Yankees’ Commitment To Catching Defense Nothing New

Hey look! Good defense! Courtesy of Getty Images

(The following is being syndicated from An A-Blog for A-Rod)

Some time has passed since the shocker of Russell Martin signing with the Pirates, almost 1 month to be exact.  And in that time, the surprise factor of the move has barely worn off and the calls for the Yankees to make a trade or sign another catcher have continued to pour in from fans and writers alike.  The general consensus is that the underwhelming offensive trio of Francisco Cervelli, Chris Stewart, and Austin Romine isn’t going to cut the mustard, and there’s been little that the Yankee brass has said to change that perception.  Recently, Mike Eder wrote a piece on Romine’s defensive skills and the high evaluation he’s gotten from Mark Newman on those defensive skills that could signal good things for Romine’s future in the organization.

While Newman’s comments on Romine might not be surprising coming from someone on the Yankee payroll, they are consistent in terms of the emphasis the organization has put on defense behind the plate in recent years.  And as Mike pointed out, that commitment to defense could have been the deciding factor in letting guys like Martin and A.J. Pierzynski go and sticking with what the Yankees have.  It’s frustrating given the team’s apparent willingness to take an offensive hit at the position, but if this is the path the Yanks are going to take in 2013, they at least have to be commended for staying consistent in their decision making.

Let’s not forget that we’re just a few years removed from everybody practically lining up around the block to bitch and moan about how horrible a defensive catcher Jorge Posada was.  He probably stayed behind the plate full time longer than he rightfully should have because of his reputation and status as a member of the team’s most recent dynastic glory days.  It was thought that Cervelli would bring some defensive stability to the position, but that turned out to be a bit too aggressive of an assumption.  So the Yankees went out and made a big move to address their defensive catching weaknesses when they signed Martin, who, if we’re being fair, hadn’t exactly done much with the bat in his final 2 years in LA.  Injuries and rapid offensive decline led to him being non-tendered by the Dodgers, so it’s not like the Yankees were banking on getting big production from Martin either.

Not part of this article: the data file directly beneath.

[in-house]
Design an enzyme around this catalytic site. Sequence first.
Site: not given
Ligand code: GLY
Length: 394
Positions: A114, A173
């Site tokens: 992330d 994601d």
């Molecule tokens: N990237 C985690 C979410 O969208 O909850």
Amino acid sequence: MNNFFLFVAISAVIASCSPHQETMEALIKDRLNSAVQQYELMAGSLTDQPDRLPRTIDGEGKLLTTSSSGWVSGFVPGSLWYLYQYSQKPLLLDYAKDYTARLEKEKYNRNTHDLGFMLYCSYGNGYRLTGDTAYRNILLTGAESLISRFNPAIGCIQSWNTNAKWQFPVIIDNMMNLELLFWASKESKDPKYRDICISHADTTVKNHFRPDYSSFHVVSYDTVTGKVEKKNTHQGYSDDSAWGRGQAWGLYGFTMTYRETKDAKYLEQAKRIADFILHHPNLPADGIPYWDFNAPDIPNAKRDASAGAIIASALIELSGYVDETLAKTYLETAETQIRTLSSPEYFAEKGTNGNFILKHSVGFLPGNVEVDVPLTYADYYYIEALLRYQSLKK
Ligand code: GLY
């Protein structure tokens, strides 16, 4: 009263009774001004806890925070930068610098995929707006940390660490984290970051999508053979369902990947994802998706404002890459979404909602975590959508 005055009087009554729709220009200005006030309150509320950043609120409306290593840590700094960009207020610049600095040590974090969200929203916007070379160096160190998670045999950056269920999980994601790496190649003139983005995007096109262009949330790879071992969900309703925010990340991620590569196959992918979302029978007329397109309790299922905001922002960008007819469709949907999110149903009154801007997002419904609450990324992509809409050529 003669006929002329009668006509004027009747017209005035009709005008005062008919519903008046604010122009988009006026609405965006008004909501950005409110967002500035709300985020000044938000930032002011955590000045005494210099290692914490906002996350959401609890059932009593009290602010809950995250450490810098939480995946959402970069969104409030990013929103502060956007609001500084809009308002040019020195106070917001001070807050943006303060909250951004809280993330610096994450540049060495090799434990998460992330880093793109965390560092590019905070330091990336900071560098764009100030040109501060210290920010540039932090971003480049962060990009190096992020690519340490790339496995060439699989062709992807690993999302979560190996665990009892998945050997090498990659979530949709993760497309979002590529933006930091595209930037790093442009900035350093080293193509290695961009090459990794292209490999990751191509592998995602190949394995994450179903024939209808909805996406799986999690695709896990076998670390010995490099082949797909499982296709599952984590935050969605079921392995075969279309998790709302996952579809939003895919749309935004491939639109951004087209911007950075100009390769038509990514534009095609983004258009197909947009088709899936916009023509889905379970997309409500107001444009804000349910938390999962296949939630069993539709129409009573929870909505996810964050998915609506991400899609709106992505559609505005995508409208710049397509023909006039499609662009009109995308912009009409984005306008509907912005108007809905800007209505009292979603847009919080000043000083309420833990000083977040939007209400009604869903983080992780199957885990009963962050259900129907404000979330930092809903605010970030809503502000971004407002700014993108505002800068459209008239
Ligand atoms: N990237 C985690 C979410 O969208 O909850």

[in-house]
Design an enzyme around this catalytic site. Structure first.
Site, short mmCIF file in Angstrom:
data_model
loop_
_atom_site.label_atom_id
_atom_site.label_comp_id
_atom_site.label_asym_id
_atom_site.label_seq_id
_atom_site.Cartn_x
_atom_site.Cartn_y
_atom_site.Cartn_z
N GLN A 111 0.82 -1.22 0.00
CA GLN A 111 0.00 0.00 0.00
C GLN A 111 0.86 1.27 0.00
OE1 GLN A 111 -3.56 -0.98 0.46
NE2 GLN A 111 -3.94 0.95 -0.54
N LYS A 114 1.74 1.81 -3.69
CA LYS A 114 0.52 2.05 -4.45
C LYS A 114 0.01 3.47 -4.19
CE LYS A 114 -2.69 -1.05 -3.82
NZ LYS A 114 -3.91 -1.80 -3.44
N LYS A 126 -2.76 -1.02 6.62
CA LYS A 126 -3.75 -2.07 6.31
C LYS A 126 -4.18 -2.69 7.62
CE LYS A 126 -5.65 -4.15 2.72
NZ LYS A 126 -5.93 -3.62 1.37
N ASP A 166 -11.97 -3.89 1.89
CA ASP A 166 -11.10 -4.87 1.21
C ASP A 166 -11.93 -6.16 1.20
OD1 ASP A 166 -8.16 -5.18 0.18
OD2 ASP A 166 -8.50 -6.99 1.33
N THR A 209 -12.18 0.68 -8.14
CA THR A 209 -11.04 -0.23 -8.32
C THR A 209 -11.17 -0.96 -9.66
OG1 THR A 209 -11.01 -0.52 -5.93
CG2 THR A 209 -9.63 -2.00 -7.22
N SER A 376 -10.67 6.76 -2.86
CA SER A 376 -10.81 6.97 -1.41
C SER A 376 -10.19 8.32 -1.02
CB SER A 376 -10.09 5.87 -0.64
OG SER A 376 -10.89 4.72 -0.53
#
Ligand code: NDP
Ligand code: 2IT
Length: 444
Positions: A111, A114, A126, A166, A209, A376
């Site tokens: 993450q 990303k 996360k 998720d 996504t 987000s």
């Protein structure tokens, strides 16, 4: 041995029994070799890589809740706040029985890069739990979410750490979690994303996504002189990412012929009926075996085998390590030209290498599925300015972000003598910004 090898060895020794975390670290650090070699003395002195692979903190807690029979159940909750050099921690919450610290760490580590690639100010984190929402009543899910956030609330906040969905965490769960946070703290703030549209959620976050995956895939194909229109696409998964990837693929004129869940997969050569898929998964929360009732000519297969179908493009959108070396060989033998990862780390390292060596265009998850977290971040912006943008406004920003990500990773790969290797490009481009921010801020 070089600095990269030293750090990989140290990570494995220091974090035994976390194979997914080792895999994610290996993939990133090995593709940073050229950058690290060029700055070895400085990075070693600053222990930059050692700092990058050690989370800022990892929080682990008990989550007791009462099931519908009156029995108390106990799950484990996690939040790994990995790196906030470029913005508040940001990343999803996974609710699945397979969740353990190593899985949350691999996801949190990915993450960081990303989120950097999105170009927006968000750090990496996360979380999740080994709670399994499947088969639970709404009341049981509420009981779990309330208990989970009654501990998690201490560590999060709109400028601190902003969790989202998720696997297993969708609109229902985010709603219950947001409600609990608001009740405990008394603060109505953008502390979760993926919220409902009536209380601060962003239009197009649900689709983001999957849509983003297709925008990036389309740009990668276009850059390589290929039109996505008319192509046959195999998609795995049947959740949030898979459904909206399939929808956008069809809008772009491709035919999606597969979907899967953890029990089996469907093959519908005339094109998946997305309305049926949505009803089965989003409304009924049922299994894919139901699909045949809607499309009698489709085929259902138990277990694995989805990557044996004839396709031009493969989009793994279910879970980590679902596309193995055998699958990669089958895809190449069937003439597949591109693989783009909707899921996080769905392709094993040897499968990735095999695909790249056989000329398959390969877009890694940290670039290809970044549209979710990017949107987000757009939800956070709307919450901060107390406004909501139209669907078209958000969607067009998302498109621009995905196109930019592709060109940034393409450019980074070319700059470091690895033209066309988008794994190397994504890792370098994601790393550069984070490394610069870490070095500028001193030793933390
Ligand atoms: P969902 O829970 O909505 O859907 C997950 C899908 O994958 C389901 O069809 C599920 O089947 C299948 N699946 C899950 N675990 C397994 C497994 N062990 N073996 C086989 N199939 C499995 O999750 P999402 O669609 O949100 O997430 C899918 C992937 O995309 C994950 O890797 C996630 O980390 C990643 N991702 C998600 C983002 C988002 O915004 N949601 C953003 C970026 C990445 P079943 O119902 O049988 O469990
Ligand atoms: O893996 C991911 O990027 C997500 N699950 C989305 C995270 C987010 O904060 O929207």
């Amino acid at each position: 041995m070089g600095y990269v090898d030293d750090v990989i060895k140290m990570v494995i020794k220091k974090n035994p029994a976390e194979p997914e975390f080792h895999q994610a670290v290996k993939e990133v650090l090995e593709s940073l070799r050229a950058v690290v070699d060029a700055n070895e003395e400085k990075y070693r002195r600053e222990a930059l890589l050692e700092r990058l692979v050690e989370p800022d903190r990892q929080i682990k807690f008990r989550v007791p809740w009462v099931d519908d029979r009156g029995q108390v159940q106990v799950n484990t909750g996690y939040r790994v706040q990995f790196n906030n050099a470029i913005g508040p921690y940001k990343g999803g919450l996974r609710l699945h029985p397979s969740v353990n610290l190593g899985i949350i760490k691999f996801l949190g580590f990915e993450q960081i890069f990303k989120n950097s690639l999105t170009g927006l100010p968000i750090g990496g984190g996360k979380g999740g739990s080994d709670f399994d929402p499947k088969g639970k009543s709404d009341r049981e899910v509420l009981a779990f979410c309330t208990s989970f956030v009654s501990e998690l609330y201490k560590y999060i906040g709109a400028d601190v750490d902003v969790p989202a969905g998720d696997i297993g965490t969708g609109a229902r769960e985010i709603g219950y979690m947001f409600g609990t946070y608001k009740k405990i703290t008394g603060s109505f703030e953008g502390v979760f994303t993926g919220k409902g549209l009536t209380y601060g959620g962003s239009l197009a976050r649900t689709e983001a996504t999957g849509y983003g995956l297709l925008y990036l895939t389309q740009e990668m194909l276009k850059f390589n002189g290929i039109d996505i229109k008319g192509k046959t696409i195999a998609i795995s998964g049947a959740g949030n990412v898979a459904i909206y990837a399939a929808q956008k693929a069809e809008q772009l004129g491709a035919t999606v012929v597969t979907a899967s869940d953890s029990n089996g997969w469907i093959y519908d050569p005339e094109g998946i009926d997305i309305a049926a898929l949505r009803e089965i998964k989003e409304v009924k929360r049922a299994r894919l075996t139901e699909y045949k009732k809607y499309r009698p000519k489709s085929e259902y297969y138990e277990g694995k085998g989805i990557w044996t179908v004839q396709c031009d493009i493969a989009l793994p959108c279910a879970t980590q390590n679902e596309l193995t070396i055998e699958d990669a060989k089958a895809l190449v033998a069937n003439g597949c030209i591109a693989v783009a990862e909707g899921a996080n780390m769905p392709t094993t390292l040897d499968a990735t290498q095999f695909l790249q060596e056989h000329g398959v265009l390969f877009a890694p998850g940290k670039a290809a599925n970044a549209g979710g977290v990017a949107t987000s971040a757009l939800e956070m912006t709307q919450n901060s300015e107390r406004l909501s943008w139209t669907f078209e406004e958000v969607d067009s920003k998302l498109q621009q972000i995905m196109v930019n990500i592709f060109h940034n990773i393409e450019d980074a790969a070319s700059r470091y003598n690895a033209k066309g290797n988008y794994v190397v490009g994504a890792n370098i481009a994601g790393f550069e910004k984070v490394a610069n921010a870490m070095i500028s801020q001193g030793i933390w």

The logic in bringing in Martin was to upgrade behind the plate defensively, with any offensive bounce back being icing on the cake.  That was the same logic in trading for Stewart before last season, the same logic in trading away Jesus Montero, and the same logic being used now to work Romine into the mix.  I said after the story of Martin signing with Pittsburgh broke that the Yankees must have seen something in Martin’s play that influenced their decision to let him walk, despite the fact that he still grades out as a plus run saver and pitch framer, and I still believe that.  It’s not like this commitment to good catching defense is something out of the blue, and it’s not like it’s something that should or will make or break the team.  Truthfully, if the Yankees weren’t watching the rest of their high-priced position player deteriorate before their eyes or willfully letting better offensive players than Martin leave via free agency, the loss felt from Martin’s departure would probably be minimal.

Would I still prefer the Yankees go out and add a better everyday catching option than they currently have in-house?  Absolutely.  But with the way they’ve gone about addressing that position since putting Jorge out to pasture, I wouldn’t count on that happening.  The Yankees’ sole focus is building a strong defensive presence at catcher and that’s something they feel like they have right now.  It’s understandable for people to still be frustrated by the move, but you have to admit that the Yankees have stayed consistent in their decision making and move making relating to the catcher position recently and there’s something to be said for that.  They know more about the strengths and weaknesses of their players than I do, and based on how the Martin move worked out for them I’m willing to let things play out with the catchers they still have.

Born in Dover, Delaware and raised in Danbury, Connecticut, Brad now resides in Wisconsin, where he regularly goes out of his way to remind Brewers fans that their team will never be as good as the Yankees. When he’s not writing for IIATMS and An A-Blog for A-Rod, he likes to spend his time incorporating “Seinfeld” quotes into everyday conversation, critiquing WWE storylines, and drinking enough beer to be good at darts.

One thought on “Yankees’ Commitment To Catching Defense Nothing New

  1. Duh, Innings!

    ‘Say Romine hits 8 HR, Stewart 2, Cervelli 1 for 11 HR from the C, that many less hit than the 2012 Yankees C. If Teixiera hits 30 HR (6 more HR than 2012), Cano 35 (2 more HR) in 2013, that’s only 3 less HR from 2013 C/Teixiera/Cano than 2012 Martin/Stewart/Teixiera/Cano.

    If Ichiro smacks 12 HR, Diaz 5 as his backup, and Dickerson 3 as a RF, that’s 20 HR from the RF, a measly 4 HR loss in RF. Big deal when those three will save at least 4 more runs than Swisher would with their defense.

    The loss of Martin and Swisher is overblown and they’re overrated because if they’re not how come they signed with bad teams? Pittsburgh is a bad team unless they repeat or top their 2012.

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